Much ado about Magic Bullets

Birdie Loeffler | Staff Writer

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Let’s all give a warm farewell to Magic Bullets. Their EP, “Much Ado About,” is the last album they’ll make as a band and is their way of saying so long to their fans and stepping out of the music scene. After seven years of being Magic Bullets, the band cheerily says goodbye.

“Much Ado About” is the final work of the San Francisco-based group. Although Magic Bullets have seen members come and go, friends Philip Benson, lead singer, and Corey Cunningham, who plays guitar, have always been constants and consistently impressive. Nathan Sweatt (who has been with Benson and Cunningham since Magic Bullets’ beginning) plays bass guitar on “Much Ado About” while Sean McDonnell fingers the keyboard and Alex Kaiser delicately hammers on the drums.

For a farewell album, each song is surprisingly cheery and bright. Benson croons and whines in the prettiest and punk-est of ways. His voice is almost identical to that of the Smiths’ lead-singer, Morrissey, giving Magic Bullets a distinct pop-punk sound.

If you subtract Benson’s vocals from all of the tracks, each song sounds like a well-crafted pop song. By infusing each song with his gimmicky but still melodic drone, Benson transforms the songs from infuriatingly sweet to the perfect blend of melodies.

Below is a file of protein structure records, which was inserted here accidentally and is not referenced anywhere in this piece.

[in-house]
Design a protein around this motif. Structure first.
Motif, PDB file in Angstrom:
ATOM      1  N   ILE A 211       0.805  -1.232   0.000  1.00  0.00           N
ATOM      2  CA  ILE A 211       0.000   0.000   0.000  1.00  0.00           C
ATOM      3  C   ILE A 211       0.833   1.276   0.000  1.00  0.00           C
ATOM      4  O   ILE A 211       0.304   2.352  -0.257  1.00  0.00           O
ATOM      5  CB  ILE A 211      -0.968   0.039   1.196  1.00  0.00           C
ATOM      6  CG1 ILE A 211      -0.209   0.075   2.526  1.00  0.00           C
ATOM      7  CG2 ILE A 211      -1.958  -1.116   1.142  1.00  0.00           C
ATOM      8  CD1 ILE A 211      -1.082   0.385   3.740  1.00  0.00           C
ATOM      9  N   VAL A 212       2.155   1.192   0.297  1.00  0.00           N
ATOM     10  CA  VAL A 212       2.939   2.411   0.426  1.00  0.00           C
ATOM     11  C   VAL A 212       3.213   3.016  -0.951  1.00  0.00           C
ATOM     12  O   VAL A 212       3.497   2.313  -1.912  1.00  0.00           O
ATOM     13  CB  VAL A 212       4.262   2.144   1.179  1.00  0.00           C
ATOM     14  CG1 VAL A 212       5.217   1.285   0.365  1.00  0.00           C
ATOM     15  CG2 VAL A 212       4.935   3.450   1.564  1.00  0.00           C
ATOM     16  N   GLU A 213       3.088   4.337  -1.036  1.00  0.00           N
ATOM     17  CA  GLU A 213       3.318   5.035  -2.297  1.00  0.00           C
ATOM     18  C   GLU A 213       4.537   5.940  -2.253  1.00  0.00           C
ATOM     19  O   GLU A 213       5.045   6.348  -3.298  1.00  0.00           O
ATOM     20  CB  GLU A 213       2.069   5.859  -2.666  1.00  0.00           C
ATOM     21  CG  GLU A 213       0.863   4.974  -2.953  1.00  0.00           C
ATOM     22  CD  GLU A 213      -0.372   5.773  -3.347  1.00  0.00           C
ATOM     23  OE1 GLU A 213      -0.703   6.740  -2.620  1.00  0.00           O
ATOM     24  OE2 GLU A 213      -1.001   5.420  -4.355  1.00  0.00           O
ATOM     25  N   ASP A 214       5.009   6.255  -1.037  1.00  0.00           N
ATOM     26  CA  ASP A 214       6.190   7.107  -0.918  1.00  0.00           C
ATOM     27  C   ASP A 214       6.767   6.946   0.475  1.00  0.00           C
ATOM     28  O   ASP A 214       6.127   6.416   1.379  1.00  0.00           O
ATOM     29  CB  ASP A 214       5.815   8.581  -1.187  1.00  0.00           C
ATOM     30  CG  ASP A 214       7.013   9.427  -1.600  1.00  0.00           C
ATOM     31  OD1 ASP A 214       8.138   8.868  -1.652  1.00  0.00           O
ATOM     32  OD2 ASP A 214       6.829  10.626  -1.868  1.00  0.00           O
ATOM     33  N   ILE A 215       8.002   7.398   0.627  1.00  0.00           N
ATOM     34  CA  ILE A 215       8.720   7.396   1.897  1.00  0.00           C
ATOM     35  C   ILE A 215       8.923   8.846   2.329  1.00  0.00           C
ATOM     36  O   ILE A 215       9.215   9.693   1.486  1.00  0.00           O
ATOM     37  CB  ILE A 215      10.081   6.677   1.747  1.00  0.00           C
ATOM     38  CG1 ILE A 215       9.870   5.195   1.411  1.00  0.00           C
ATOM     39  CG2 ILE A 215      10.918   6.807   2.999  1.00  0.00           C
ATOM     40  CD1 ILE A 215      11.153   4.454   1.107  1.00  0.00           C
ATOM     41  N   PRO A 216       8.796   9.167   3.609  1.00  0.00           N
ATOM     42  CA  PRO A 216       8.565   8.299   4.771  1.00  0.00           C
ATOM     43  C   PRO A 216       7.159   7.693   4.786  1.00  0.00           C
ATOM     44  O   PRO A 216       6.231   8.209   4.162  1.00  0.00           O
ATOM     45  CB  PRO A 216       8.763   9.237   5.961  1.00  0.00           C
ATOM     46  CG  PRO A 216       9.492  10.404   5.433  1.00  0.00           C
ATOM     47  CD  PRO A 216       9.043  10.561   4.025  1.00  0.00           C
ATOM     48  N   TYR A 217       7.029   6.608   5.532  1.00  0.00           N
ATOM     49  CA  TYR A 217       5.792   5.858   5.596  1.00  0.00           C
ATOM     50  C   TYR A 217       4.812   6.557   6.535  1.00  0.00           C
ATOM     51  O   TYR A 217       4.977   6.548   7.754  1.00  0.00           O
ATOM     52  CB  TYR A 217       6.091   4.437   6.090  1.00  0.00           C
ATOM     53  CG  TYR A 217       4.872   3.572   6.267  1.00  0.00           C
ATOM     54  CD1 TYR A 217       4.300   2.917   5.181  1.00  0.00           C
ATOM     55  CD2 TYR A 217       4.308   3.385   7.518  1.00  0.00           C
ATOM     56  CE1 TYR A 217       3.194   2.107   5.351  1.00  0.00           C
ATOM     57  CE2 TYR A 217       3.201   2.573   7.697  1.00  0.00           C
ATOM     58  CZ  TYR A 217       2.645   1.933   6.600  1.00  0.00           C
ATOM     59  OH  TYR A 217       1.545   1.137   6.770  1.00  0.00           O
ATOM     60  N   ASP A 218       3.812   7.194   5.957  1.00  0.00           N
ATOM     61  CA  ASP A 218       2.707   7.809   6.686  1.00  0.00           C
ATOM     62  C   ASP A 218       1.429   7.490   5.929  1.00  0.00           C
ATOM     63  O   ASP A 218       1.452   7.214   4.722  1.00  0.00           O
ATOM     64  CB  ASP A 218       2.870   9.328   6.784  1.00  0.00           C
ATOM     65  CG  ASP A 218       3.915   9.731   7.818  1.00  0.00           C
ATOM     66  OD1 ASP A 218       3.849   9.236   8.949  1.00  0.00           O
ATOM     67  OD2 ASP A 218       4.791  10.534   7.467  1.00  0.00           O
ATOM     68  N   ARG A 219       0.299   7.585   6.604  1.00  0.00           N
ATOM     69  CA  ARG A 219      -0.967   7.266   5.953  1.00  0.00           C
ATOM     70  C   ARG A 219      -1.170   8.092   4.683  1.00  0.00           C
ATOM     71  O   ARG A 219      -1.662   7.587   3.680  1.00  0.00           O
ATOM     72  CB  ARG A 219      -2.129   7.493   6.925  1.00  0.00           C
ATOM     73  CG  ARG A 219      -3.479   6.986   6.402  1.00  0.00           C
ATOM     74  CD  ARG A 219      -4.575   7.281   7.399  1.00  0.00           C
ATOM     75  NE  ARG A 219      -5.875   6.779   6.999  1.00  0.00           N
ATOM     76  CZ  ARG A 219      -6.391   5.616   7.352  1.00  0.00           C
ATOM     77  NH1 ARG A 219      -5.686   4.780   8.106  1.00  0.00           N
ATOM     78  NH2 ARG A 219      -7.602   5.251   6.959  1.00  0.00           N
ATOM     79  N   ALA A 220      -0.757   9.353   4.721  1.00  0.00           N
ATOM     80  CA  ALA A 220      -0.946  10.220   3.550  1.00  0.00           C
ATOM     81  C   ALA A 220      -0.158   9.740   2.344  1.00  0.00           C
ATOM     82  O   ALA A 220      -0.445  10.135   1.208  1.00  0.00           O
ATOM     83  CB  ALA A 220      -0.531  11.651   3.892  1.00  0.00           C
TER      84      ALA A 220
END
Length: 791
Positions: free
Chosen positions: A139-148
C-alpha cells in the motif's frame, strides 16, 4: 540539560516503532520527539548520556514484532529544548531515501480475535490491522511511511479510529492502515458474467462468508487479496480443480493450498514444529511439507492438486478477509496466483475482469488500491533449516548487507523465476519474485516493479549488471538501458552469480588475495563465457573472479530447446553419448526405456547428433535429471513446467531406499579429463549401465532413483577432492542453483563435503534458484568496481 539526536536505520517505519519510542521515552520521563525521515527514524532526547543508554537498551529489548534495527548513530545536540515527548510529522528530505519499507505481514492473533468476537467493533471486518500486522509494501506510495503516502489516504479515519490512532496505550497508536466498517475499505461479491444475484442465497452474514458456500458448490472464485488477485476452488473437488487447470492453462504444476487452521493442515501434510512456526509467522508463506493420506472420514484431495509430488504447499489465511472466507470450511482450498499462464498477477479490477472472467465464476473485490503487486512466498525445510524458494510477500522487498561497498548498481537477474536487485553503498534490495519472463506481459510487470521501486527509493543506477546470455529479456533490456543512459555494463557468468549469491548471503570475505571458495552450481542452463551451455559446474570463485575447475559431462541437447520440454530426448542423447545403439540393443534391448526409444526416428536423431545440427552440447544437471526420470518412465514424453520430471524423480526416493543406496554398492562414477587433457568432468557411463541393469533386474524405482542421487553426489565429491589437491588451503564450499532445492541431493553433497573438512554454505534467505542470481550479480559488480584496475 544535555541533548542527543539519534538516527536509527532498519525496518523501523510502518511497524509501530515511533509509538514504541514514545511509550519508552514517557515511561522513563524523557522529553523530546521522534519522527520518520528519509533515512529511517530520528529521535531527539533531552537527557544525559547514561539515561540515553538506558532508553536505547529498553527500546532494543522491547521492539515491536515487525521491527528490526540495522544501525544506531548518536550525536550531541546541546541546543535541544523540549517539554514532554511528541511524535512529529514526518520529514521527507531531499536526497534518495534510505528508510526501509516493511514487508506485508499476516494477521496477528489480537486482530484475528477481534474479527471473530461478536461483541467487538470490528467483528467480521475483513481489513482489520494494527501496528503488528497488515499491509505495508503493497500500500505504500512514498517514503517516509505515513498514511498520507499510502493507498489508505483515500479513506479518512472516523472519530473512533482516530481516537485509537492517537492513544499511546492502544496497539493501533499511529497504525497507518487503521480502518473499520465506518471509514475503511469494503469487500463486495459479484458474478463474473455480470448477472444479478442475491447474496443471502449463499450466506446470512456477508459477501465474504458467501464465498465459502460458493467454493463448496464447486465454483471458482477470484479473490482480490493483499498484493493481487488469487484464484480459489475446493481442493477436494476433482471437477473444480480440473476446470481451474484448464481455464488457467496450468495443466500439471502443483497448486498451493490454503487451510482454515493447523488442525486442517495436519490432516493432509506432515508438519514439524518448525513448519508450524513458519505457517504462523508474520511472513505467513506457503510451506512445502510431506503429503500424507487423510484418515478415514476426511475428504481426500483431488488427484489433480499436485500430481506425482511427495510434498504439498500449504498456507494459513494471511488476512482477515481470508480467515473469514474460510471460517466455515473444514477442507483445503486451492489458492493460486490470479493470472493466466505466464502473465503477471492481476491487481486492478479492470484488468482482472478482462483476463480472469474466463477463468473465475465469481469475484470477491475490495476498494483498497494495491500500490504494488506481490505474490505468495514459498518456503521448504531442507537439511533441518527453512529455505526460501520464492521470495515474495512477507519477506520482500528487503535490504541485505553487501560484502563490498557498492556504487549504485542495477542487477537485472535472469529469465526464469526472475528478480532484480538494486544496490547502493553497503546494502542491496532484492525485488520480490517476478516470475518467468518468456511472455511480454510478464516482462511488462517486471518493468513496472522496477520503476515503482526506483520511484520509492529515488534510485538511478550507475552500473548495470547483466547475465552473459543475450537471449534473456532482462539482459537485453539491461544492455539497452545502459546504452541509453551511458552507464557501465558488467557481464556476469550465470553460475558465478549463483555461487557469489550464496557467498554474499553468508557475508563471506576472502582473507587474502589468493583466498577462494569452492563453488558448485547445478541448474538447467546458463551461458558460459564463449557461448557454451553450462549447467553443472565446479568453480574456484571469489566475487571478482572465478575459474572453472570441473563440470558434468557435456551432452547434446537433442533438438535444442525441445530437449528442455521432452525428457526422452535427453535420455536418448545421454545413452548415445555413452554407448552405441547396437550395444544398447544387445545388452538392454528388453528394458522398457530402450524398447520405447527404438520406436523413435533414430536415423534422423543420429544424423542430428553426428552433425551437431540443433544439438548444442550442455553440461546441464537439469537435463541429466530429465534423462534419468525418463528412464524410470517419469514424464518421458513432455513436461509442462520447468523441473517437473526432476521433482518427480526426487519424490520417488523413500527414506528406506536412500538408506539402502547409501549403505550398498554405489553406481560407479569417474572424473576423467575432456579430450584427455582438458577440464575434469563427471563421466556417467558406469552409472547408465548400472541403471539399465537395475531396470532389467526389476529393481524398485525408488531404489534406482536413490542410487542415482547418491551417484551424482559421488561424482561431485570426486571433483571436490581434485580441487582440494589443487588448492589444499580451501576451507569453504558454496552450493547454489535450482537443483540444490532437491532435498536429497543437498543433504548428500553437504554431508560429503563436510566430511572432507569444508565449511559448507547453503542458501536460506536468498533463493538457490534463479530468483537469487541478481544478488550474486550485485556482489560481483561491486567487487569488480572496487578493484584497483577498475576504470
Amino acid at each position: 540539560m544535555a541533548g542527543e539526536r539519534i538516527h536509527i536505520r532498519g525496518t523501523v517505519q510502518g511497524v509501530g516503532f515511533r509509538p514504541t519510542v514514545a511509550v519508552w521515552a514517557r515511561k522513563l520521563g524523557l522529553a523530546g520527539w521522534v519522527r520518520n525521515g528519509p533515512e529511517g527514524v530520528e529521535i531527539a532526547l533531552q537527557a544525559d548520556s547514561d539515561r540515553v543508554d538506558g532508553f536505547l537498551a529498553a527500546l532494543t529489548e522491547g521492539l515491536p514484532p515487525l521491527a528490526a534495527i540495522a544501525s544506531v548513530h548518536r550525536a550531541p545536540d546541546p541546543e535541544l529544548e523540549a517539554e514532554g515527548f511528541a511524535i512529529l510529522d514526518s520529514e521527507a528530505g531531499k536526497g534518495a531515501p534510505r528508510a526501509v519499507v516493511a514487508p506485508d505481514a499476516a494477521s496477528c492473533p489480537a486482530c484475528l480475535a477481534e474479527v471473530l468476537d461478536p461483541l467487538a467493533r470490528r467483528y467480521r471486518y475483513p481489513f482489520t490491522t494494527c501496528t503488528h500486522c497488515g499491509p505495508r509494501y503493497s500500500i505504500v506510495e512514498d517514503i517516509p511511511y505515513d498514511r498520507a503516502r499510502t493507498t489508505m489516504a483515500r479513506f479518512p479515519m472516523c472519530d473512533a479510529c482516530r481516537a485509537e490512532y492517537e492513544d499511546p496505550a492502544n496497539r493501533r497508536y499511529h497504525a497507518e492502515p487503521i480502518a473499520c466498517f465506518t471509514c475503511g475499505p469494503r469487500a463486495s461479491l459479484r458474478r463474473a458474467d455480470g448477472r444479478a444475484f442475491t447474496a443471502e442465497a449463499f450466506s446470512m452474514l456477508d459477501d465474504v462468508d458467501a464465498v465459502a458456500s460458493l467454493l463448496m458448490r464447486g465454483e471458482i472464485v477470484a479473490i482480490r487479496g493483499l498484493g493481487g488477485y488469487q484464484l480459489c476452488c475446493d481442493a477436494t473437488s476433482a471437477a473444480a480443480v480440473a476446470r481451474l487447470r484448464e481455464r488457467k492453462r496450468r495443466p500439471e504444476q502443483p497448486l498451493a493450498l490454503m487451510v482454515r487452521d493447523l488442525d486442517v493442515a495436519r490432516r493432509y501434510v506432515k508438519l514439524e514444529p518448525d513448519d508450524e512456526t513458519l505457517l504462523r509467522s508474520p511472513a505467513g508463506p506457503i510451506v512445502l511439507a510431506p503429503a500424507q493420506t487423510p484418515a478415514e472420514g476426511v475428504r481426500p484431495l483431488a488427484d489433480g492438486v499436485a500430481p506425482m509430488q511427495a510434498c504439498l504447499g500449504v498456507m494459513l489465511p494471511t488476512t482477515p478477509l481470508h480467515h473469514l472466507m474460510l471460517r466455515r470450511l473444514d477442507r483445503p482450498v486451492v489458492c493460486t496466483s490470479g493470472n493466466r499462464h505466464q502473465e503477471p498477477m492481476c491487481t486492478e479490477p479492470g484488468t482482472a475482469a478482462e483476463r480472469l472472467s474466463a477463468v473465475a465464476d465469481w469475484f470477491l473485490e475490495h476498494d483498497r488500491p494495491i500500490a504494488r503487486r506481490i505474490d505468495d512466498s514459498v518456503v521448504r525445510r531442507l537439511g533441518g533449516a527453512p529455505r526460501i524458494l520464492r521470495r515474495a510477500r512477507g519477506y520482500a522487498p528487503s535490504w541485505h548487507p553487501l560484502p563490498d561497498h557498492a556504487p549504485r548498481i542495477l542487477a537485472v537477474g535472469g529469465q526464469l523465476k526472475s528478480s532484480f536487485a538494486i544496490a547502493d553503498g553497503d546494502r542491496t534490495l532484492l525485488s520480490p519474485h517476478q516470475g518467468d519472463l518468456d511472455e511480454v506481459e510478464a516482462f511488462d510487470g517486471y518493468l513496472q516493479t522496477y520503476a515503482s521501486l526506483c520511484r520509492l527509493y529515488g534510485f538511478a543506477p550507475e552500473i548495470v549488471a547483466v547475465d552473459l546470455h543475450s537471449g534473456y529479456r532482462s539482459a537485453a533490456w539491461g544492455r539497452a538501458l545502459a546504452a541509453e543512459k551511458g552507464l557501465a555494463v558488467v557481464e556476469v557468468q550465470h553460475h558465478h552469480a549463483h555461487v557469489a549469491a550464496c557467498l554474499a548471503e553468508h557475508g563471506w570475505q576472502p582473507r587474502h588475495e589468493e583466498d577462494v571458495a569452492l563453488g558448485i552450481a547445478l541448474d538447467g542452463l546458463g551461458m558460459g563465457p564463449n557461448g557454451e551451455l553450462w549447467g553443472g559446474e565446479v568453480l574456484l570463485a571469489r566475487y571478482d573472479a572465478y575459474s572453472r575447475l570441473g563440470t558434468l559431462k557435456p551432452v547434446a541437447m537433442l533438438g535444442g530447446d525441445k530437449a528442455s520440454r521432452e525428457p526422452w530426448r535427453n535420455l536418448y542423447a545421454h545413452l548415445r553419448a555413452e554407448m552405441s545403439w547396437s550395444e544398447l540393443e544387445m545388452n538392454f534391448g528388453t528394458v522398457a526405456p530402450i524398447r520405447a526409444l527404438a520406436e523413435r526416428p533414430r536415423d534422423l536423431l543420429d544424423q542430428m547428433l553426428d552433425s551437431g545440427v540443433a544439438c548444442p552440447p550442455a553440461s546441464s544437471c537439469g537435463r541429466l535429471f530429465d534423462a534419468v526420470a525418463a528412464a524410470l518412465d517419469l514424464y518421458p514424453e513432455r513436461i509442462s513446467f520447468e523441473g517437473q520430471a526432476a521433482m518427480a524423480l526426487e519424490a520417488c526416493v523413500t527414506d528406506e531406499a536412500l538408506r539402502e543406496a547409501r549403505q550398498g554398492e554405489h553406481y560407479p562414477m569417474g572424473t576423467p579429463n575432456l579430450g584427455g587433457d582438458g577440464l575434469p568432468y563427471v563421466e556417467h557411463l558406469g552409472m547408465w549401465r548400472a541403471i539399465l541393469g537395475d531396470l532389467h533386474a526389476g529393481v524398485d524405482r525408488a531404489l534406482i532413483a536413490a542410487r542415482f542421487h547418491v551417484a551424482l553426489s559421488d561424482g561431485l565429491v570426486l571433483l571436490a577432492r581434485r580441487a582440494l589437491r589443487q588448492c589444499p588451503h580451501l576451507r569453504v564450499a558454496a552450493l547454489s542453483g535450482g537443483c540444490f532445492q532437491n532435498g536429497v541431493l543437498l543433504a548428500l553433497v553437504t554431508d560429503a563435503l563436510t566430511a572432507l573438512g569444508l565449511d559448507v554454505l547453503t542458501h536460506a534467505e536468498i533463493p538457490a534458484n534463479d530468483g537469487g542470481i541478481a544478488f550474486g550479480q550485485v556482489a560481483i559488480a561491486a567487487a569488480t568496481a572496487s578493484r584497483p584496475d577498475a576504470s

It’s a little presumptuous for a band that is this young and not exactly well known to put an album out specifically to say goodbye, but that doesn’t diminish the quality of the songs they’ve created. “Time and Again” is a fun song, with an electric guitar lick that would make Weezer proud and keeps that merrymaking vibe going.

The last song on the album, “If You Touch Her,” is an odd final track, but perhaps speaks more about the band breaking up than the unnamed girl the song seems to be about at first. The song’s lyrics allude to more than just a love story gone awry; “If you love her then leave her be / If you love her then stay away / If you touch her, there will be hell to pay.” Maybe Magic Bullets are deciding to throw the towel in before things start to fall apart. Even though the lyrics sound a bit cynical, the jolly guitar playing and vocal harmonies make light of the situation.

Magic Bullets are not quite going out with a bang, but it’s better to go out with a few songs reminiscent of happy memories instead of leaving on a sour note. And who knows? Maybe this isn’t the end. Maybe Magic Bullets will reappear with more sunny songs in the future.